Saturday, August 26, 2017

Suzuki Asks If We Are Embarking On a New "Dark Age"?

I know that David Suzuki isn't alone in asking if we're entering a new Dark Age.

Lately it seems so. News reports are enough to make anyone want to crawl into bed and hide under the covers. But it’s time to rise and shine; to resolve the crises humanity faces, good people must come together.

It’s one lesson from Charlottesville, Va. It would be easy to dismiss the handful of heavily armed, polo-shirted, tiki-torch terrorists who recently marched there if they weren’t so dangerous, and representative of a disturbing trend that the current U.S. president and his administration have emboldened.

Racism, hatred and ignorance aren’t uniquely American. Fanatics acting out of fear — of anyone who holds different political or religious views, of losing their real or imagined privilege, of change itself — are everywhere.

The effects spilled into Canada, most notably with  the implosion of the far-right (and misnamed) media outlet The Rebel. The online platform, born from the ashes of the failed Sun News Network, is a good illustration of the intersection between racism, intolerance and anti-environmentalism.

Rather than learning from Sun News’s failure that racism and extremism are unpopular and anti-Canadian, Rebel founder Ezra Levant ramped up the bigoted and anti-environmental messaging, with commentators ranting against feminists, LGBTQ people, Muslims and Jews (Levant is Jewish), along with rejecting climate science and solutions to environmental problems.

Canada and the U.S. have checkered racist and colonialist pasts, but for all our faults, we’ve been evolving. Thanks to many people with diverse backgrounds from across the political spectrum who have devoted themselves to civil rights, feminism, Indigenous causes, LGBTQ rights, the environment and more, we’ve made many gains.

We have a long way to go, but we must keep on and not let fear, hatred and ignorance block our way.

If we, and our children, and their children are to survive and be healthy in the face of crises like climate change and terrorism, we must stand together — in unity and solidarity, without fear. Like the many who gathered in Barcelona the day after recent horrendous terrorist attacks, the people who stood up to racists in Charlottesville, those who reject the anti-human agendas of media outlets like The Rebel, and the many people worldwide who march and speak up for climate justice, we must come together to shine a light on the darkness.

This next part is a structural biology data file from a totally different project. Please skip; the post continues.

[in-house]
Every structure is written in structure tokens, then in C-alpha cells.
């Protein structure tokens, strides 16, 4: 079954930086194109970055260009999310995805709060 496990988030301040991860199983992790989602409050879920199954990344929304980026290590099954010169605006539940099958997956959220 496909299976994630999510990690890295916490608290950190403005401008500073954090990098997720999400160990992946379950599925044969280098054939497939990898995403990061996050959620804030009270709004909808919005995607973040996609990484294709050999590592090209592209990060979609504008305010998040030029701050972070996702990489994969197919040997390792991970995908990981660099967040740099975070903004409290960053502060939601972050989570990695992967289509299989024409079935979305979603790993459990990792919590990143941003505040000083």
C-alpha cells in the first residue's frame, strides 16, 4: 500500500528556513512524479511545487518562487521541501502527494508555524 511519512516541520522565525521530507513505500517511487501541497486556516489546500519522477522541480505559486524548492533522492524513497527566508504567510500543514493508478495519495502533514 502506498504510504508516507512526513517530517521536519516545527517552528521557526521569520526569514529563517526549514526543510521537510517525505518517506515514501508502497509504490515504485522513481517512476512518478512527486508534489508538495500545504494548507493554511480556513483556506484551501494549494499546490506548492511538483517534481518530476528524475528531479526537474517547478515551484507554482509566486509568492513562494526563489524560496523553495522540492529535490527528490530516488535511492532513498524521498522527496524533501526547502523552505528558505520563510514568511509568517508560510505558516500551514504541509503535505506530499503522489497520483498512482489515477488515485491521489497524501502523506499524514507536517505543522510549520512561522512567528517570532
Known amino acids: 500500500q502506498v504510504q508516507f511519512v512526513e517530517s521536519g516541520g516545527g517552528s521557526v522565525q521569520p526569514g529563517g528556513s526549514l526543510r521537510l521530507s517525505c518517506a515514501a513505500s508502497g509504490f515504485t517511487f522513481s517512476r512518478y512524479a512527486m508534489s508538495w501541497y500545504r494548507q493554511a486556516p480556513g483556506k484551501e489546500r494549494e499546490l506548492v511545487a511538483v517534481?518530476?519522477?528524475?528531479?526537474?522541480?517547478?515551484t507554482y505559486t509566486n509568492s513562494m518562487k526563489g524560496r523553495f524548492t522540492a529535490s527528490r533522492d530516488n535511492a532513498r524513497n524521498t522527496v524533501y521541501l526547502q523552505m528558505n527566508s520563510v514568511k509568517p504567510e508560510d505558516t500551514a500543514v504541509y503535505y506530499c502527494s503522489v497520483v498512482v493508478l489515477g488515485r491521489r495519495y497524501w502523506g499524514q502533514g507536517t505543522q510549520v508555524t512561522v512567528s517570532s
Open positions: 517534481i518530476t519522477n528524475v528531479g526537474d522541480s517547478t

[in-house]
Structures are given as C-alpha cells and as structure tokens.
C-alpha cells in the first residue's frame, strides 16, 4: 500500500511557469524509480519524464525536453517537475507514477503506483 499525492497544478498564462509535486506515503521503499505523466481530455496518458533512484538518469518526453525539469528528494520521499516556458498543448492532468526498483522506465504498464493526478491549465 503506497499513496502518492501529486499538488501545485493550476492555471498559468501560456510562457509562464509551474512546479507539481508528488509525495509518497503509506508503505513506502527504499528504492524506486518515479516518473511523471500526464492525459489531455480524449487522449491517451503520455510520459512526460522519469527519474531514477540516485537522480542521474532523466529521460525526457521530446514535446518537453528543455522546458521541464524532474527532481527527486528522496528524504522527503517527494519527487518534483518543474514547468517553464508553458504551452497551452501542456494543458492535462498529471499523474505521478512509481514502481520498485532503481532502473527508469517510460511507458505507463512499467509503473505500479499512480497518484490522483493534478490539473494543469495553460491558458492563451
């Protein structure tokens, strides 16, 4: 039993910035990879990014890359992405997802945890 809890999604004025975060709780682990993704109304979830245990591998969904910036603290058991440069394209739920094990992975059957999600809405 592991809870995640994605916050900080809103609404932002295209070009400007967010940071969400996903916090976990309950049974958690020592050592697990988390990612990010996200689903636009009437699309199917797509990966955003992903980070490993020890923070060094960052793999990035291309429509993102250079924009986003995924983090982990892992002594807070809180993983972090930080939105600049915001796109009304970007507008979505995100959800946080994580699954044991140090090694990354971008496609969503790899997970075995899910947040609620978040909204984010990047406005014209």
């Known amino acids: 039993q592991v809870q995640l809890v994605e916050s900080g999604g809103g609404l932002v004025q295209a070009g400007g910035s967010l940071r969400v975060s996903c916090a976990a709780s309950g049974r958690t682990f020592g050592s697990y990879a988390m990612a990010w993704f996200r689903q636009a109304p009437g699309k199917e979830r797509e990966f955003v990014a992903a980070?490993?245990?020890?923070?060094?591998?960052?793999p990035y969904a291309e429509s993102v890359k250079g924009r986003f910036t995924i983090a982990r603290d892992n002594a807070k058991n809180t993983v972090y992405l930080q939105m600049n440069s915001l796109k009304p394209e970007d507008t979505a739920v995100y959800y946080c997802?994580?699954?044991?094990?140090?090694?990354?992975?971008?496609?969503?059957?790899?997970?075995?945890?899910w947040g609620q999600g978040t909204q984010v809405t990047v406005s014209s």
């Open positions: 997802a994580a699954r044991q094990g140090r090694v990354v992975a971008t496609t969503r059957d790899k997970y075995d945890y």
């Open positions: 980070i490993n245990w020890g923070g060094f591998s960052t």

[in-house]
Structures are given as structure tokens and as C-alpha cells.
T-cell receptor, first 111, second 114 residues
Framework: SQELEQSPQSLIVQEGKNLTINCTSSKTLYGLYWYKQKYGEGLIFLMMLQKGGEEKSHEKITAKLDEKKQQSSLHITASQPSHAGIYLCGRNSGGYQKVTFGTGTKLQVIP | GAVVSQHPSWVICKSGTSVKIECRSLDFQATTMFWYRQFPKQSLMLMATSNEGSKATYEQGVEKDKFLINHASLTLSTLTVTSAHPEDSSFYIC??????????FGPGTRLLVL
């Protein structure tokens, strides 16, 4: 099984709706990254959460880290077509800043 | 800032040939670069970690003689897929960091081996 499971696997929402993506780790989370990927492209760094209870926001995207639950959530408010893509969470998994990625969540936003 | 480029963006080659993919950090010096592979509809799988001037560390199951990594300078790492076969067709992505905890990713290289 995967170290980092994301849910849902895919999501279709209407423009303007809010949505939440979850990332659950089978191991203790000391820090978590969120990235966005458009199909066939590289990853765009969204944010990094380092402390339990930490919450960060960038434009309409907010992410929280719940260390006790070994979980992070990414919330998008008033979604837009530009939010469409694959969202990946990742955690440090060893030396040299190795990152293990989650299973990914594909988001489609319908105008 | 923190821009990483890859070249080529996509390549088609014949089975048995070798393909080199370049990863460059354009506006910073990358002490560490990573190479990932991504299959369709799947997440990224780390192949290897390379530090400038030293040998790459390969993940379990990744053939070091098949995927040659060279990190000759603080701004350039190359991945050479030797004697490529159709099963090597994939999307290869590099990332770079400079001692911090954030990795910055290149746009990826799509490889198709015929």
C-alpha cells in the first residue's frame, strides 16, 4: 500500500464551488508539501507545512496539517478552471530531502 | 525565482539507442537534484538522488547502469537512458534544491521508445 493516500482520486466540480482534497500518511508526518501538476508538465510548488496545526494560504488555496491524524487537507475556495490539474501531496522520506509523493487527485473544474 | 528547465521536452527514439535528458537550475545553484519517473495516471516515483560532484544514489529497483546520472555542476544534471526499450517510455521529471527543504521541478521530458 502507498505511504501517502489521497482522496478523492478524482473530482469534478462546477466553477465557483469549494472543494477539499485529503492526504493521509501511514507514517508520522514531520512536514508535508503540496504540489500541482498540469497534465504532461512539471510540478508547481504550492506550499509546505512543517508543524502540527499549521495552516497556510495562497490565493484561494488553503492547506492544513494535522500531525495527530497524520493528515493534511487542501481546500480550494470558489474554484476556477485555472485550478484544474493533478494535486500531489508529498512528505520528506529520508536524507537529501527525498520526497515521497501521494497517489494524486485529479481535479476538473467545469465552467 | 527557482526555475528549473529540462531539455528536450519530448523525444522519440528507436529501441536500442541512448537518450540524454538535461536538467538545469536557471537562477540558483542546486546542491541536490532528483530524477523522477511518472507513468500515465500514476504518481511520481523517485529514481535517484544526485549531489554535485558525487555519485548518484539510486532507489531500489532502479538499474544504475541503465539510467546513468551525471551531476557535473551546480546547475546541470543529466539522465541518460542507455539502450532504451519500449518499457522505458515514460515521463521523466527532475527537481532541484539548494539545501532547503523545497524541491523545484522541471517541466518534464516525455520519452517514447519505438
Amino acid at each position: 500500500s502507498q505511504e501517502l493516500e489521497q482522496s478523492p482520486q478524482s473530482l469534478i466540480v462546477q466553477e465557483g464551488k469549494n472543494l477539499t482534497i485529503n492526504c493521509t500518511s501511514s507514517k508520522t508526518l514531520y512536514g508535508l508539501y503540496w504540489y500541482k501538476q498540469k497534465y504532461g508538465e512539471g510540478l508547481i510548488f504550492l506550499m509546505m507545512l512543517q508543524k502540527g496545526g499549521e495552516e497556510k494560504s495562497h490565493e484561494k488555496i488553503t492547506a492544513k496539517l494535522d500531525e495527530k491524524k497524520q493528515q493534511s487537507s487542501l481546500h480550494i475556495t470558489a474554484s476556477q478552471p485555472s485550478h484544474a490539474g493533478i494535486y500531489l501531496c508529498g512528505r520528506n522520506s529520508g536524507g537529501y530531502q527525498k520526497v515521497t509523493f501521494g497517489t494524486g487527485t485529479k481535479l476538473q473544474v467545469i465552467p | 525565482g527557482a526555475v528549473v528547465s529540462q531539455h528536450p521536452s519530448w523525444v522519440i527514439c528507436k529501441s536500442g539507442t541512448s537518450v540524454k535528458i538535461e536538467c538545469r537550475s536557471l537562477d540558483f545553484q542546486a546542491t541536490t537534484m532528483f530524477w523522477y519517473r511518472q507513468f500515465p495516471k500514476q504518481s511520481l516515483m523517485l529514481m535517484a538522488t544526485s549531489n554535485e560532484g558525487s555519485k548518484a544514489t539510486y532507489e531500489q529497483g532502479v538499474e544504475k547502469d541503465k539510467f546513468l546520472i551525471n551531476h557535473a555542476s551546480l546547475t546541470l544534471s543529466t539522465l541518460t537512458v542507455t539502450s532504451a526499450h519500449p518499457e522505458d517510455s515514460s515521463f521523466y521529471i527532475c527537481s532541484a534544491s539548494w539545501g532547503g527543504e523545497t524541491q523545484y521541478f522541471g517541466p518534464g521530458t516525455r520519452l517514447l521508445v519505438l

We must use our voices, actions and humour to confront these anti-human undercurrents. We must confront our own prejudices and privilege.



Scotty on Denman said...

We've barely ended the last Ice Age, and still there are good grounds to suggest we never really left the last Dark Age.

Anonymous said...

Anyong.....It goes on and on. When you have ruthlessness men for example Truman and his henchmen who wanted to drop two bombs on Japan at the end of WWII when the Japanese were really to sign off as long as their Emperor was left alone, and, they understood if they didn't comply with the Allies, Russia was ready to drive into Manchuria. Yes...but Truman wanted to know just how powerful those bombs would be while bringing Japan to its knees. So....Truman bombed the shiq out of Japan, Russians marched right into North Korea and Bob's your uncle. The question doesn't need to be asked, We are already in a "Dark Age"! Stupid men ..sorry Mound..with money to burn think they have the right to push their beliefs for almighty power. Nazism is not dead and it is ready to raise its ugly head again. Problem is...there isn't a place one can escape it this time. If you think the name Adolph is dead think again. Their are lots of them living in Alberta.

Anonymous said...

Where have you been? The new dark age started decades ago.

Dana said...

Jane Jacobs told us this in 2004.

"In this indispensable book, urban visionary Jane Jacobs--renowned author of The Death and Life of Great American Cities and The Economy of Cities--convincingly argues that as agrarianism gives way to a technology-based future, we stand on the brink of a new dark age, a period of cultural collapse. Jacobs pinpoints five pillars of our culture that are in serious decay: community and family; higher education; the effective practice of science; taxation, and government; and the self-regulation of the learned professions. The corrosion of these pillars, Jacobs argues, is linked to societal ills such as environmental crisis, racism, and the growing gulf between rich and poor. But this is a hopeful book as well as a warning. Drawing on her vast frame of reference–from fifteenth-century Chinese shipbuilding to Ireland’s cultural rebirth–Jacobs suggests how the cycles of decay can be arrested and our way of life renewed. Invigorating and accessible, Dark Age Ahead is not only the crowning achievement of Jane Jacobs’ career, but one of the most important works of our time."